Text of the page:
Among the best stories from Retirement Daily for Feb. 25 - March 1: How to make the most of Medicare; alimony and tax deductions; and estate planning tips.
While retired people can spend a lot of time and money on healthcare, they have access to one of the best health insurance plans around: Medicare. So says Ken Waltzer, who is both a physician and a financial adviser. In his guest column, How to Make the Most of Medicare, he does a terrific job of explaining what Medicare is, how it works, what it costs, what it does - and does not - cover. Most important, he offers ways to protect your health and your finances.
And in case you missed them, here are some more of this week's best stories from Retirement Daily.
This reader has a dilemma. Their financial adviser suggests delaying claiming Social Security. But their tax adviser says they should draw on that before drawing down retirement savings that will be taxed.
Here's the latest in the world of retirement-related news: Retiring to a Holiday Inn, cash-flow analysis, and retirement lessons from former professional athletes.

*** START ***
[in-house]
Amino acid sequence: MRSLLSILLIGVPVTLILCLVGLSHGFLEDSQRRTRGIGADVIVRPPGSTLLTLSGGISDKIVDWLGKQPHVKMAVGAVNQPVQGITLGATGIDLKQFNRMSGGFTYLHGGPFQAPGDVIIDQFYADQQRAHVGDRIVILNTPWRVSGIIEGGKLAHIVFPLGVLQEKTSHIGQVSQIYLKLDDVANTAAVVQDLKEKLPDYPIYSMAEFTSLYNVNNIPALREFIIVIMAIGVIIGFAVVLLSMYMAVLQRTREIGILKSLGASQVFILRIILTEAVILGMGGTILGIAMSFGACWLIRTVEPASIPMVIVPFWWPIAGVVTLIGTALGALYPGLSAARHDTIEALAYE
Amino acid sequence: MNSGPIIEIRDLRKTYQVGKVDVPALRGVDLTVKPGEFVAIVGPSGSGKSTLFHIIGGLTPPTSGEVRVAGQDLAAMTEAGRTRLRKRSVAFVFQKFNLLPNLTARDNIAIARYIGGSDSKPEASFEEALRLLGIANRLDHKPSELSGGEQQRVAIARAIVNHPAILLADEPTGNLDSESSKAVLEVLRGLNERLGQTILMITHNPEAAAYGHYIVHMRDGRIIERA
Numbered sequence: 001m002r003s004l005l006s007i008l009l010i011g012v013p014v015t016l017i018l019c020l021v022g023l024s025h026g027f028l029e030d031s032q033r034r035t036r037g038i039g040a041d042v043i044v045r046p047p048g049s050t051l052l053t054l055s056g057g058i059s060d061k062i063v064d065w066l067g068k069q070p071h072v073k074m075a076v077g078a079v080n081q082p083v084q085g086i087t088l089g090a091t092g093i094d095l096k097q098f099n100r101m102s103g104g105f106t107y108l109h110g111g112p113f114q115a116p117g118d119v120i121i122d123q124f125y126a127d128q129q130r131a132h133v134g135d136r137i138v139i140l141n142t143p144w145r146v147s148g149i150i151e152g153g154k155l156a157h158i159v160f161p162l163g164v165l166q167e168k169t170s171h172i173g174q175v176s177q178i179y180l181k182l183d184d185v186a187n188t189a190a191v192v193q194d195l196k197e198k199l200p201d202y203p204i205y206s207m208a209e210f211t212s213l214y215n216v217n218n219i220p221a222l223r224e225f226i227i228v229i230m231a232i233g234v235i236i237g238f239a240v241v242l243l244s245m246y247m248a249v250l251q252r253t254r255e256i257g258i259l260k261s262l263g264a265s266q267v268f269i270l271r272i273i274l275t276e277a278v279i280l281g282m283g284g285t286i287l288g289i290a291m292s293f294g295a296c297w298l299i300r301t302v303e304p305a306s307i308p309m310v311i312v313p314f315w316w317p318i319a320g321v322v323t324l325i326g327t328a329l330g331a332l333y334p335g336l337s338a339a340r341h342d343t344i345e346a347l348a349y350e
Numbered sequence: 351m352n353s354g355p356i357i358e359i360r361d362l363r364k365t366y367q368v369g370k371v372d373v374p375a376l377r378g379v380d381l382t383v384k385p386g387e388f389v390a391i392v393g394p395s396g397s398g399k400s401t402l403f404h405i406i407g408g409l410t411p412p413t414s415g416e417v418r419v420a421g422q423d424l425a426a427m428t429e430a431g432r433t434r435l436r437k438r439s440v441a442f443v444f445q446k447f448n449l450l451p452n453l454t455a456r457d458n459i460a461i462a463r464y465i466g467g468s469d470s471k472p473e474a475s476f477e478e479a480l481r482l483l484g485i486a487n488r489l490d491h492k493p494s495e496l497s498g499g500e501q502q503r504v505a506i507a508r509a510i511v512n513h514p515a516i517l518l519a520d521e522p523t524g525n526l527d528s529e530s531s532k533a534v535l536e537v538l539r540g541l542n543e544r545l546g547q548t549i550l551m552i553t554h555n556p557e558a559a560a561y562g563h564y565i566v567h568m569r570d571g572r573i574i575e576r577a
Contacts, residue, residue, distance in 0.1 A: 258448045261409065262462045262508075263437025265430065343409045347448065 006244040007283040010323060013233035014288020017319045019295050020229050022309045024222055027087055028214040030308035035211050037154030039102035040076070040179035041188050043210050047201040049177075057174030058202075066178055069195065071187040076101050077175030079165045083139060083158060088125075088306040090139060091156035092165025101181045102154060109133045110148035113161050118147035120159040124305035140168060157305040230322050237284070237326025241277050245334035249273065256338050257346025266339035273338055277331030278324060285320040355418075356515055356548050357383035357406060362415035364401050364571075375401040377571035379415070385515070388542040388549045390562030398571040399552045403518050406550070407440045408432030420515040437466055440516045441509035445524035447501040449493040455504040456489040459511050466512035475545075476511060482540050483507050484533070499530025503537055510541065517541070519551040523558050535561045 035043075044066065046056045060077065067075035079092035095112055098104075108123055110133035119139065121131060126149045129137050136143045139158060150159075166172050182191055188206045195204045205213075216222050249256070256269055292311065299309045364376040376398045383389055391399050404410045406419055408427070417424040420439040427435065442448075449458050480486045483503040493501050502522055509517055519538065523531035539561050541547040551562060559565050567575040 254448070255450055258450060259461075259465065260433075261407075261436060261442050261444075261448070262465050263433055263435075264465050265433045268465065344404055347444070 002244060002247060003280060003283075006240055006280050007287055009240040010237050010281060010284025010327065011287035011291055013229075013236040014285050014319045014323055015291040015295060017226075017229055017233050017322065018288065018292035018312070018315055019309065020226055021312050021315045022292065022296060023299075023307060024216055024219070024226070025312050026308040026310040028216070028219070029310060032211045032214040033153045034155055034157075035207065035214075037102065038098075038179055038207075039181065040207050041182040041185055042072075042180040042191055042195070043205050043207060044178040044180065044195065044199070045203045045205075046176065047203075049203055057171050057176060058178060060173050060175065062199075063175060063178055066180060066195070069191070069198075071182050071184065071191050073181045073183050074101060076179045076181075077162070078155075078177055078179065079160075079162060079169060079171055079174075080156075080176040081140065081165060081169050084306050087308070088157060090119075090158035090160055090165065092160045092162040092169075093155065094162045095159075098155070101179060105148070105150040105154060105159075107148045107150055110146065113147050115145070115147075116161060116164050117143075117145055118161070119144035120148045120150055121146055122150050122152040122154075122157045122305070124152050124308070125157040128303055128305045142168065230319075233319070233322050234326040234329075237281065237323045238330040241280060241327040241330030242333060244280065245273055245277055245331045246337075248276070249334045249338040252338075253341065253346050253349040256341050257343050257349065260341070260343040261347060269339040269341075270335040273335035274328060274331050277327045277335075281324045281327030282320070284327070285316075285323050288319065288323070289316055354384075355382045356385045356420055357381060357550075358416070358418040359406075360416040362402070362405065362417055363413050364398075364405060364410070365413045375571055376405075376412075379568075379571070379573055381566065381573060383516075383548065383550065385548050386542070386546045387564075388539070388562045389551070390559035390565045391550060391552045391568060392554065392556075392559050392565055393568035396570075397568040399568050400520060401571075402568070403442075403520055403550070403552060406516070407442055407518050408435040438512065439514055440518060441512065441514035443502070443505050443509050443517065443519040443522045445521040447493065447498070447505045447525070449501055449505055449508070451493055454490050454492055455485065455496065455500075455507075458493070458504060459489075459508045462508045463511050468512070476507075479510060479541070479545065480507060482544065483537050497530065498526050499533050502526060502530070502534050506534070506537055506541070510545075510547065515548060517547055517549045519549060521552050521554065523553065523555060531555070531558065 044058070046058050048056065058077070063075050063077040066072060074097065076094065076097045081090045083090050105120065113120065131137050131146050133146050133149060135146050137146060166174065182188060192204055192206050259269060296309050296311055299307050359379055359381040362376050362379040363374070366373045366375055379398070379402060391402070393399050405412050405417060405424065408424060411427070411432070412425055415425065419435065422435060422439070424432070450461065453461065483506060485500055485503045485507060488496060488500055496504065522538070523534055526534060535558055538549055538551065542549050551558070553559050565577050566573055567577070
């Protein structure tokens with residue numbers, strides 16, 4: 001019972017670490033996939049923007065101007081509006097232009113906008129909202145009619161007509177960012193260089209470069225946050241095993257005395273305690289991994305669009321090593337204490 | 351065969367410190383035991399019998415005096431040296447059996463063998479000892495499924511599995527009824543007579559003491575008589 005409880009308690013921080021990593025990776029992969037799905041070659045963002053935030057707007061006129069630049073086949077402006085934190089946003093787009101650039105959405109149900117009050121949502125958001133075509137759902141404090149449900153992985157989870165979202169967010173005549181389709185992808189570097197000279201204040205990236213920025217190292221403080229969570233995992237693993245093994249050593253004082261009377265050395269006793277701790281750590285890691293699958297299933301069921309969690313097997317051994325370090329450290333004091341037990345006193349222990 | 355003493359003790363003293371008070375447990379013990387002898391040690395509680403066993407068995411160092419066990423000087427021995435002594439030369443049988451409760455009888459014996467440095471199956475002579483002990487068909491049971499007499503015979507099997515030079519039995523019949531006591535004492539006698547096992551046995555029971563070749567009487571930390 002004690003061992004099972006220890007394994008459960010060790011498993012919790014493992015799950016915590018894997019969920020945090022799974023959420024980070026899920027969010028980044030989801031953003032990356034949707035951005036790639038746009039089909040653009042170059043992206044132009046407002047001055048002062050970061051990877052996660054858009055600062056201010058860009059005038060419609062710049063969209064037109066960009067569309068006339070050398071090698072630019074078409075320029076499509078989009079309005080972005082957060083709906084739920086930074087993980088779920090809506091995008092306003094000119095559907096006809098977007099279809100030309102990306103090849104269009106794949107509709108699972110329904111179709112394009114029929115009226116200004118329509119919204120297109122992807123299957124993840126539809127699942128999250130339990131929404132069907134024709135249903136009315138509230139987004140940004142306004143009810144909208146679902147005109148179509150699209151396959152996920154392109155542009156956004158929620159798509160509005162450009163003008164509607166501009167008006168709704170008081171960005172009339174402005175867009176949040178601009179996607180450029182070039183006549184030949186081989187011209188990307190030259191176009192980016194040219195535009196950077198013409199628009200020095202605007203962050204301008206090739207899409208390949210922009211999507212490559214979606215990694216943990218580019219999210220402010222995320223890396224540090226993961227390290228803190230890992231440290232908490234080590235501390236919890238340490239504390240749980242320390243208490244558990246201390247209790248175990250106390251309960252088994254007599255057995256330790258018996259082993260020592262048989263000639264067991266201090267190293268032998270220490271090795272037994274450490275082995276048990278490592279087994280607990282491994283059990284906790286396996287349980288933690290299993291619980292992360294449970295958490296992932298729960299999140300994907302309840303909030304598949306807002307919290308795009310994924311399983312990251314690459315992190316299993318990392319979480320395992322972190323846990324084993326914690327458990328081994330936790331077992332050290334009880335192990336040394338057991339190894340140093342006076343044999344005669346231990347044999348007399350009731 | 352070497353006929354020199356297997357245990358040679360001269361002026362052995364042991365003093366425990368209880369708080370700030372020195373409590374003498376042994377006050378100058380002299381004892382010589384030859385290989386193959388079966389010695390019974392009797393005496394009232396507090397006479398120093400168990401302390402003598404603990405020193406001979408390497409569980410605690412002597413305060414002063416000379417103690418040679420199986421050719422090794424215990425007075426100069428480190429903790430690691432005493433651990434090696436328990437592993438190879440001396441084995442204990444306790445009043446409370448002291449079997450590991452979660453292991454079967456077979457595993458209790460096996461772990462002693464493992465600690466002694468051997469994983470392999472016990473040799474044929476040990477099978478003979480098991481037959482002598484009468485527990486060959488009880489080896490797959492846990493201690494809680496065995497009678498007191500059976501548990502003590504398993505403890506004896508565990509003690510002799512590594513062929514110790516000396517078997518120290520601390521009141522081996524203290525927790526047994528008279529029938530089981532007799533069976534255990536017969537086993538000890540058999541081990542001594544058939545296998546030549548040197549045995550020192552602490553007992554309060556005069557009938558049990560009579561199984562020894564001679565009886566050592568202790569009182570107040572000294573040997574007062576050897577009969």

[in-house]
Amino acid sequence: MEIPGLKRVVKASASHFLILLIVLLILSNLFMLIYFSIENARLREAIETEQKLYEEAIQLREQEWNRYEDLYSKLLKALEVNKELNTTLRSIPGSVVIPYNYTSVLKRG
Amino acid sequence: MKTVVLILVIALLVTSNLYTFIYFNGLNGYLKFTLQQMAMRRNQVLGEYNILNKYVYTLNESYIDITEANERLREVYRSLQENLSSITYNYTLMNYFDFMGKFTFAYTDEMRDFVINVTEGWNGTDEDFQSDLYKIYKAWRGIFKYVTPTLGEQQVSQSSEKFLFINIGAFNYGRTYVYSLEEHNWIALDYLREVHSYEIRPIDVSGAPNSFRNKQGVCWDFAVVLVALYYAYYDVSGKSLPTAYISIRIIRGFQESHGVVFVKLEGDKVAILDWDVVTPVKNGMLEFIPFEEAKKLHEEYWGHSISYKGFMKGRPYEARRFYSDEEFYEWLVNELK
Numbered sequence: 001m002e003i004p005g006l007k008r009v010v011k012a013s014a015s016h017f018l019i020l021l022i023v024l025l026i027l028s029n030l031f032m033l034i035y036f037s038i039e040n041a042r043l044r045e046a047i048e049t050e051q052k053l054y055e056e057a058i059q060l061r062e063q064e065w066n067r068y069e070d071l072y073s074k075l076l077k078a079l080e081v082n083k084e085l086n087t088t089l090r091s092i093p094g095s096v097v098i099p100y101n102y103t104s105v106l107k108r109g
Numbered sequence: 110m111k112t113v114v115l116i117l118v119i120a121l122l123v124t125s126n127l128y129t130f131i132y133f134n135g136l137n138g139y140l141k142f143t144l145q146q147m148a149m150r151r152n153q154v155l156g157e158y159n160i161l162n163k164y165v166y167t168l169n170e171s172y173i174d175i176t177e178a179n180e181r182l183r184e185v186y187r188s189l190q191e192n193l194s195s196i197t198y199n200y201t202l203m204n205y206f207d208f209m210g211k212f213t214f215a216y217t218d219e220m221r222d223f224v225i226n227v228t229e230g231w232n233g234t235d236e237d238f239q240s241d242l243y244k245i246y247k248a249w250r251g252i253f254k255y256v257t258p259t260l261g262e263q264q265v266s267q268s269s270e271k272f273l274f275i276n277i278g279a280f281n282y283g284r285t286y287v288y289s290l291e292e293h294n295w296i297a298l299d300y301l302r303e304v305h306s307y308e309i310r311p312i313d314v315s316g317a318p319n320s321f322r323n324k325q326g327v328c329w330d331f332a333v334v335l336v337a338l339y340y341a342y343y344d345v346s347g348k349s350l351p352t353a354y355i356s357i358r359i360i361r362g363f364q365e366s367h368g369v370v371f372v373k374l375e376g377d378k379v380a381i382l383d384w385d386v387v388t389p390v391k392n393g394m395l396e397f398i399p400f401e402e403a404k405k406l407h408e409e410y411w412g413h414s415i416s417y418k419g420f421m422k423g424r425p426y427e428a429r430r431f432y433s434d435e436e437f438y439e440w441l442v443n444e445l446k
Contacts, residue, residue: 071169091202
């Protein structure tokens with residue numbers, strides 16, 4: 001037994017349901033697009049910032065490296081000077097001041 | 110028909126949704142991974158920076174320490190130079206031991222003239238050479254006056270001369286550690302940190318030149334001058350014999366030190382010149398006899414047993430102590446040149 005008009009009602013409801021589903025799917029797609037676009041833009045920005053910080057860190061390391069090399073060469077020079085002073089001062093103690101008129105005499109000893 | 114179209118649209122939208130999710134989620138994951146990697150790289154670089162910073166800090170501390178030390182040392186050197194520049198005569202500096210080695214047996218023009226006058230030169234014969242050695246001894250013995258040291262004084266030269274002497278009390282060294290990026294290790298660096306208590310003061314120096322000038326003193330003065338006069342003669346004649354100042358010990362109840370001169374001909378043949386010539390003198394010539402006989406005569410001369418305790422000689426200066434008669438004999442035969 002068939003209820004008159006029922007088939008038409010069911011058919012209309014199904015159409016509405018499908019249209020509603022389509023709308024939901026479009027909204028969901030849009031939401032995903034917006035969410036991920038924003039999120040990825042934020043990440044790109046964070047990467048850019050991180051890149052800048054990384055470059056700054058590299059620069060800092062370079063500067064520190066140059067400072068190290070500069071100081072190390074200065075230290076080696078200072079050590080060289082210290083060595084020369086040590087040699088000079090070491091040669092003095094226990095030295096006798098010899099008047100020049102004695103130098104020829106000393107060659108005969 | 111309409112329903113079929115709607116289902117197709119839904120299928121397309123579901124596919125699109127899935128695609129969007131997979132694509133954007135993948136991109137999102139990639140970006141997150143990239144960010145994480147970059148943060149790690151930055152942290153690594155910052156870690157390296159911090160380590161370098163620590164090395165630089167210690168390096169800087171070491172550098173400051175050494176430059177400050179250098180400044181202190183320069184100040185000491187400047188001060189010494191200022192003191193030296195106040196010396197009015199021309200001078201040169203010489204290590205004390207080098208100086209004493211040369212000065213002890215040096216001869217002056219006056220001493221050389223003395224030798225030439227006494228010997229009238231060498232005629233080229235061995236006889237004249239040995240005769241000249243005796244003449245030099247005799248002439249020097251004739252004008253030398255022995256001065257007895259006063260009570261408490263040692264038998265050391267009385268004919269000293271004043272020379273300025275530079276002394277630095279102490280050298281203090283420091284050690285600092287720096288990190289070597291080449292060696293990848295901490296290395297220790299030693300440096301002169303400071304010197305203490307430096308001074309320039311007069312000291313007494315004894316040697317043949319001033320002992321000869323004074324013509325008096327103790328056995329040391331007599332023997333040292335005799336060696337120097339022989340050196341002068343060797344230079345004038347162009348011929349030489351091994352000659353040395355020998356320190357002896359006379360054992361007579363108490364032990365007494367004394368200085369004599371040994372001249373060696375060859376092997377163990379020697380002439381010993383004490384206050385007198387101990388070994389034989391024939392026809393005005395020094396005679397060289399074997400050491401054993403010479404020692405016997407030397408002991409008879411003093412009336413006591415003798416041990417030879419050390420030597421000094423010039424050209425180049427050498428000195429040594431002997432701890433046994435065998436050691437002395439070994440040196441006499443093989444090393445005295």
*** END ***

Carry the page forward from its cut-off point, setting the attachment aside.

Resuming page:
Under Tax Cuts and Jobs Act of 2017 (TCJA), there are no exceptions (yet) for any alimony to be deductible by the payor or taxable to the recipient, said Bonnie Sewell, a certified financial planner, founder of American Capital Planning and author of Love-Jacked! Divorce Your Spouse, Not Your Dollars.
If you're divorced, perhaps more than once, you can be faced with some unusual decisions with regard to Social Security benefits. This only applies if you were married to someone for at least 10 years, and have remarried (and perhaps divorced again).
The following are new investments that those saving for or living in retirement might consider for their portfolios. This week: a family of long/short ETFs that lets investors profit from upward and downward movement in five trends.
It's one of those things many people put off: writing or updating wills or trusts. It's also one of those things you don't want to put off because it could end up costing your family in the long run. According to a study from Caring.com only 42% of U.S. adults have estate planning documents such as a will or living trust in place.